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dui-2When analyzing whether or not a DUI Checkpoint is run correctly and legally, we need to take into consideration all of the rules and regulations regarding checkpoints; as well as what the courts have said is an acceptable way to run a checkpoint.

There is a long line of cases over time that have outlined the requirements of a DUI Checkpoint. As a general rule, checkpoints are illegal. We, as a people, don’t want the government stopping and searching us and our cars whenever they like.

In order for a DUI Checkpoint to be legal, it must comply with most, if not all, of the following factors:

  1. Reasonable publicity
  2. Reasonable stopping time and interaction
  3. Official nature and signs
  4. Reasonable time frame
  5. Reasonable location
  6. Reasonable safety conditions
  7. Limits on officers in the field
  8. Decision making by supervisors

Each of these factors, by themselves, could result in a DUI Checkpoint being found to be improper and illegal. However, more often it is when a skilled attorney shows a judge that a combination of these factors have not be sufficiently met that a DUI Checkpoint will held to be improper and illegal.

Each time you see the word “reasonable”, an attorney has the ability to investigate the issue and argue that the West Hollywood Sheriffs did not do their job and run the checkpoint correctly. Finding that reasonable safety precautions and proper signs were not used, along with the DUI Checkpoint being held at an unreasonable time, can result in a Checkpoint being labeled incomplete and illegal.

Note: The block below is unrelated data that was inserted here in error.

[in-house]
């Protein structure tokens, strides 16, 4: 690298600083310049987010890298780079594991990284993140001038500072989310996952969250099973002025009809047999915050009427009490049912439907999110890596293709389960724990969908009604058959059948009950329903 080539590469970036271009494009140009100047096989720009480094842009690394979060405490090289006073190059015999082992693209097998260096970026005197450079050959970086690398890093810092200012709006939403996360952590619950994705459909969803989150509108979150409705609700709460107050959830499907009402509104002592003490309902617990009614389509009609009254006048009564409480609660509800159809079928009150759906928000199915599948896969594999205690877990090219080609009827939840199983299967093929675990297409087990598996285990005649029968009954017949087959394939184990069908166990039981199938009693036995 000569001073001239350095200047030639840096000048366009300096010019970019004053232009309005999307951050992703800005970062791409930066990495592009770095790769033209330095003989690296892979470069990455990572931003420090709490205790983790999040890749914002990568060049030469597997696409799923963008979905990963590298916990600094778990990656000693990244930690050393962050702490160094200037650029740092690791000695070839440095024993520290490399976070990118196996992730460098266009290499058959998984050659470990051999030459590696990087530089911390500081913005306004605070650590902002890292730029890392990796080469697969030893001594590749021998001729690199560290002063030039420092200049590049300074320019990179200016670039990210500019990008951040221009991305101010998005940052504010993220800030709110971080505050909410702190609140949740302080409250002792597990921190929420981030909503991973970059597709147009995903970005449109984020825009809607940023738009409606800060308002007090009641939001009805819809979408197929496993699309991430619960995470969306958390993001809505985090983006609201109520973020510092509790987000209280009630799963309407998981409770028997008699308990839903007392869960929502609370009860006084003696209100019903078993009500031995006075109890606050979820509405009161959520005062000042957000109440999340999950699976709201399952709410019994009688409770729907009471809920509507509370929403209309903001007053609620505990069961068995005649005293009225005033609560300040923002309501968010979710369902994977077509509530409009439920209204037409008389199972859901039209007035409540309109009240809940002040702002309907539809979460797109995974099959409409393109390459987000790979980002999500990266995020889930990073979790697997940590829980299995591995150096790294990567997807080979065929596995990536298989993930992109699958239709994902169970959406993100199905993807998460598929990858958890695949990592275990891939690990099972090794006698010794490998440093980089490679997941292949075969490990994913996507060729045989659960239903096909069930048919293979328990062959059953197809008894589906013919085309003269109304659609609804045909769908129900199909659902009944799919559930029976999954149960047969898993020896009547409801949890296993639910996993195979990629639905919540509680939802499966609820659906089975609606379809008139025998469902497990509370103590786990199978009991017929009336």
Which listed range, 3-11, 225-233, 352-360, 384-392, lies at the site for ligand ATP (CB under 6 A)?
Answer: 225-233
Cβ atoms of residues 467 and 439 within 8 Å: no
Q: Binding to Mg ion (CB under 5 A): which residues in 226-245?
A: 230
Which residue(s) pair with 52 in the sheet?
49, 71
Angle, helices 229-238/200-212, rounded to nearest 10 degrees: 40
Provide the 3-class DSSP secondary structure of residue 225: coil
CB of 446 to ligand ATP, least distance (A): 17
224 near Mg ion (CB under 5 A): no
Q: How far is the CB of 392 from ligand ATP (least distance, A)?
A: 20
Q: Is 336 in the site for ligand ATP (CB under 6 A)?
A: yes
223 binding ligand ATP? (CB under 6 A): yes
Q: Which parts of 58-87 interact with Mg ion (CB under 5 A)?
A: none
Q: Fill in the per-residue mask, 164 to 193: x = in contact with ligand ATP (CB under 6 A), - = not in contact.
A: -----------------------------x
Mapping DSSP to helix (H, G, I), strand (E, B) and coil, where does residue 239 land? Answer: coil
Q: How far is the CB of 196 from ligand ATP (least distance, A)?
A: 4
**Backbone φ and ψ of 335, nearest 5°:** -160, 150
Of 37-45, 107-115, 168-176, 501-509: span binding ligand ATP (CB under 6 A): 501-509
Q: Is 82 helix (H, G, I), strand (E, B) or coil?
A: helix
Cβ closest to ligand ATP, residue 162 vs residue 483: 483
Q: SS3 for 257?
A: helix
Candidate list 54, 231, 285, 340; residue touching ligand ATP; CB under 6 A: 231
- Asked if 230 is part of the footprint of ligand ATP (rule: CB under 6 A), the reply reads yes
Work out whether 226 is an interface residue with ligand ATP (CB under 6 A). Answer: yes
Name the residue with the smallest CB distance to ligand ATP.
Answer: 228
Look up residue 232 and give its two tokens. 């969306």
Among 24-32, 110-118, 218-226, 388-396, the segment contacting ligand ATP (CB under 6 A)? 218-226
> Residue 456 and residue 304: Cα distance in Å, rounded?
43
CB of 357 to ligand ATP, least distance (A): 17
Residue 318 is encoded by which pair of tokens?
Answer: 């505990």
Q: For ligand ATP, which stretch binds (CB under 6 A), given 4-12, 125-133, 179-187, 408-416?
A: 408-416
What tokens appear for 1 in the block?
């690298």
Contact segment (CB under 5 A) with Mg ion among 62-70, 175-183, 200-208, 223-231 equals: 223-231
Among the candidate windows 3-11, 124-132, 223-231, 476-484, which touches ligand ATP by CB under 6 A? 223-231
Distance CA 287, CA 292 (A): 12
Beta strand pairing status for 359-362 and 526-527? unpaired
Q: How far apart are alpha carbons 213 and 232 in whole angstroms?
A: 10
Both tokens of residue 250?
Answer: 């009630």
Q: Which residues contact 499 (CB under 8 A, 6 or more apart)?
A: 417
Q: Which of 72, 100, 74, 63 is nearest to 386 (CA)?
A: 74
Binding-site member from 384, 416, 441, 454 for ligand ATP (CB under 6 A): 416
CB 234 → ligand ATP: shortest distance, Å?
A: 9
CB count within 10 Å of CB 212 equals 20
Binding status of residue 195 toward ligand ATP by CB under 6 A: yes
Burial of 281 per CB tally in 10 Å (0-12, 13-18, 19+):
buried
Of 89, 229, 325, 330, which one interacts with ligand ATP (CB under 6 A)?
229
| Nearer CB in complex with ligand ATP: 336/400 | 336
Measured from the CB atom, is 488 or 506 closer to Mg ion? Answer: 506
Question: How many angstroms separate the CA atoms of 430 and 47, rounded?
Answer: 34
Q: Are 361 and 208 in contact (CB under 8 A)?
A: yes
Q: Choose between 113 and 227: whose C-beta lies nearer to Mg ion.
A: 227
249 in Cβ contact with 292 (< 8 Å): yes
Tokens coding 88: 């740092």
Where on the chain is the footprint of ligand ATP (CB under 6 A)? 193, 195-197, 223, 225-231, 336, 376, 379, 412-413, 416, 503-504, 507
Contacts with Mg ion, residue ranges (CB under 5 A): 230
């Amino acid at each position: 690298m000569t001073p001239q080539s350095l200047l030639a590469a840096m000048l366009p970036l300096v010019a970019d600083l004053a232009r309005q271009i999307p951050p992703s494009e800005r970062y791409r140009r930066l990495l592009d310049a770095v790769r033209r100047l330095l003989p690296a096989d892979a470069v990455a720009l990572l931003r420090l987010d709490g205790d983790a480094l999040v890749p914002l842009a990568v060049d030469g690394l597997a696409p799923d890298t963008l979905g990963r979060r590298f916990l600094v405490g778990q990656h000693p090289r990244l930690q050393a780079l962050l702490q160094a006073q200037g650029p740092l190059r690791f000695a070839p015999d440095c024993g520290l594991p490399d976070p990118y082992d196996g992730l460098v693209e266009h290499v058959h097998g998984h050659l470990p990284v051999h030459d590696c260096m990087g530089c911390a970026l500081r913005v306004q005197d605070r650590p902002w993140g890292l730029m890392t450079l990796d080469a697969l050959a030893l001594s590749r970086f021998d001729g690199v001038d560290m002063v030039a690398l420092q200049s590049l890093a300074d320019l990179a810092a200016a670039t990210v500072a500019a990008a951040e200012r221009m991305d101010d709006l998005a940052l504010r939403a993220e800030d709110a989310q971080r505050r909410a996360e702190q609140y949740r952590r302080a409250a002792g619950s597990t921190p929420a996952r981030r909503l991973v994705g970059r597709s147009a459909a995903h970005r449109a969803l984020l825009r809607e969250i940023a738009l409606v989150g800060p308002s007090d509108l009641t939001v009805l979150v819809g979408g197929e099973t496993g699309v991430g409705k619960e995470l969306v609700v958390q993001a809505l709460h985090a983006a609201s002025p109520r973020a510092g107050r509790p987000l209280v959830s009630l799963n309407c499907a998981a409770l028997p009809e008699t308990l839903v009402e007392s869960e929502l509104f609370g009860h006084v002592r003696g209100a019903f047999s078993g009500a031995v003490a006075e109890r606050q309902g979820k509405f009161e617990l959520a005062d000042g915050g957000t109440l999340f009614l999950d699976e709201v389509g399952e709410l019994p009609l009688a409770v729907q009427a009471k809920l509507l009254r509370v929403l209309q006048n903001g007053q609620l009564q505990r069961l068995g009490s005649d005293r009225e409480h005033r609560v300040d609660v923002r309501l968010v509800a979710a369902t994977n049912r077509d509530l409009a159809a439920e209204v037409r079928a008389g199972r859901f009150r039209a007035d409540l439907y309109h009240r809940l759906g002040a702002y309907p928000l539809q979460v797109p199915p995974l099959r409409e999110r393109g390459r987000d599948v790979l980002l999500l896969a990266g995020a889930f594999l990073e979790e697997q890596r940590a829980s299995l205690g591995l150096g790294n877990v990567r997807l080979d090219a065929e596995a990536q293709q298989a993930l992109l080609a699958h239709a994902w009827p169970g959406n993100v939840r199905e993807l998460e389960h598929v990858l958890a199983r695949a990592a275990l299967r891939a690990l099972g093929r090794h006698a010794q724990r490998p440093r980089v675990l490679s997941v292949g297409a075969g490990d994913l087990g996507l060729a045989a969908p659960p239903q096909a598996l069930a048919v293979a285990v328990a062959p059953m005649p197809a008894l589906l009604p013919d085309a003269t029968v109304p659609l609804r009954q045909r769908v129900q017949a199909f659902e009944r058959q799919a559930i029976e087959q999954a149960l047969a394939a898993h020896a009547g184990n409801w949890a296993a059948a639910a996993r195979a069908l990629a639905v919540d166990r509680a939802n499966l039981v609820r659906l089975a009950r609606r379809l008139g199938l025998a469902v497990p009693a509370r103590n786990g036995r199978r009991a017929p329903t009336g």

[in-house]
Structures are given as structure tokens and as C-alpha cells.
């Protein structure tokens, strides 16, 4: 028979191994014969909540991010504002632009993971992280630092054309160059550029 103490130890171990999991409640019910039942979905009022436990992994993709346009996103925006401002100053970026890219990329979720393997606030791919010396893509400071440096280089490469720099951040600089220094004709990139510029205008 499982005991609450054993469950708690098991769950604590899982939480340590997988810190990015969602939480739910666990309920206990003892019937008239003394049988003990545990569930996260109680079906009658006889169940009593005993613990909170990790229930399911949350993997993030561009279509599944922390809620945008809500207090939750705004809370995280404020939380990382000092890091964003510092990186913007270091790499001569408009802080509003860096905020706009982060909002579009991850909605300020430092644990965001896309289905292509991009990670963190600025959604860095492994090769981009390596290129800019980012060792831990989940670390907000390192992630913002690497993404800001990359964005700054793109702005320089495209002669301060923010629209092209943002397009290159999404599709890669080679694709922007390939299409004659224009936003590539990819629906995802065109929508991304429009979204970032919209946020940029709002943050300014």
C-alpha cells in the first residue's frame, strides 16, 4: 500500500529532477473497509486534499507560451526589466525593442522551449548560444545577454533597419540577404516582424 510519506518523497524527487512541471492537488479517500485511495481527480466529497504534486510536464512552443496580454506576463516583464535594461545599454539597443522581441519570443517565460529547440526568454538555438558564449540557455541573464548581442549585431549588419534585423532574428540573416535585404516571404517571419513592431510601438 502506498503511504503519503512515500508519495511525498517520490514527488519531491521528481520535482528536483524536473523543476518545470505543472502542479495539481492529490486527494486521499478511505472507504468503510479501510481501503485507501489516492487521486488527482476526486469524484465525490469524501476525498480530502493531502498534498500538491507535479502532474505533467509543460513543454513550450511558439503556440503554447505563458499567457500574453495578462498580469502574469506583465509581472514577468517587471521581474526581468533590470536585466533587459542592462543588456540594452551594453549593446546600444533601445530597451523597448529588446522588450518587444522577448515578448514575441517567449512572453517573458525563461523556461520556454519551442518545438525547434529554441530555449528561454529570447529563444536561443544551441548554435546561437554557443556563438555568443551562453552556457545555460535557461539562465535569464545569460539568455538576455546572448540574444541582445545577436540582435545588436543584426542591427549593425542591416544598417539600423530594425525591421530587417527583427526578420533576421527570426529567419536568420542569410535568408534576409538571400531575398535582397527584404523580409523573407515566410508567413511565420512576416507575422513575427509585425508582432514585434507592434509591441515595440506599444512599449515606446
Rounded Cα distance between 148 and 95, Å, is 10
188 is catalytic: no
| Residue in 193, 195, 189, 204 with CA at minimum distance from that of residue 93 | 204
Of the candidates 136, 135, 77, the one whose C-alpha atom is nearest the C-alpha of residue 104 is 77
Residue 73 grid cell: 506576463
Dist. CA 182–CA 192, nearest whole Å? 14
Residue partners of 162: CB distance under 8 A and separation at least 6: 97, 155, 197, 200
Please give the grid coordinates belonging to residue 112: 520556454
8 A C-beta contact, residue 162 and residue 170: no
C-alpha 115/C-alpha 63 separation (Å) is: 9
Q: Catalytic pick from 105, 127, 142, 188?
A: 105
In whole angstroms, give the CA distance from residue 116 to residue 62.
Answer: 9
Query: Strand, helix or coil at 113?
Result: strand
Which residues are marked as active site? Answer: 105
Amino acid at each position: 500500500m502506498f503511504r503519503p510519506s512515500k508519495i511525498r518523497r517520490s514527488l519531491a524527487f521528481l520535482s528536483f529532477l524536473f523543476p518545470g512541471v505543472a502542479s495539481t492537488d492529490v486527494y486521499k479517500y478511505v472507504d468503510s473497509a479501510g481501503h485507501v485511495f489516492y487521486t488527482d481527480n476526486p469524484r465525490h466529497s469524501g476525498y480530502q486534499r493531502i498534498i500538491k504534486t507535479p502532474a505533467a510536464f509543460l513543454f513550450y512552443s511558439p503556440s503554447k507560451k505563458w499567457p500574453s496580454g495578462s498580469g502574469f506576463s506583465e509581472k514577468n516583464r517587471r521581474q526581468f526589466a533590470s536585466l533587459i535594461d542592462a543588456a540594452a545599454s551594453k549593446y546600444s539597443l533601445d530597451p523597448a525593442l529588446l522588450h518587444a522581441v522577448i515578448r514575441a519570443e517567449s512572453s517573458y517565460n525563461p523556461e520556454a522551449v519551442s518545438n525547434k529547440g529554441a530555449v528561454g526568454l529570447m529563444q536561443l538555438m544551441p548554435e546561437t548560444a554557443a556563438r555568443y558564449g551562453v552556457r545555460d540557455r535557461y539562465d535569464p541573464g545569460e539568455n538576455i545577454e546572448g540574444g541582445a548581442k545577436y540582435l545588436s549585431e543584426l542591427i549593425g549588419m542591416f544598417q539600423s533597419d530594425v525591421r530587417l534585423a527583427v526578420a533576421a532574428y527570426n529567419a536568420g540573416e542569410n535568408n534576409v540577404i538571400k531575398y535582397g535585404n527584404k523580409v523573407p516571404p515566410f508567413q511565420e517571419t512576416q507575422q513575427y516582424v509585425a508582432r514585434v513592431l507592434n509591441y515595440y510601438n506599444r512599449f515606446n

If a DUI Checkpoint does not reasonably and sufficiently meet all of the above criteria, judges can throw out all of the evidence from an arrest. So, if a person was stopped at one of these illegal checkpoints, and they were found to have a Blood Alcohol Content of 0.08 or a 0.28, the judge should throw the case out of court.

To learn more about the various factors a judge will look at, and what factors courts have found to be unreasonable in the past, call or e-mail MR DUI LA, Attorney Mark Rosenfeld.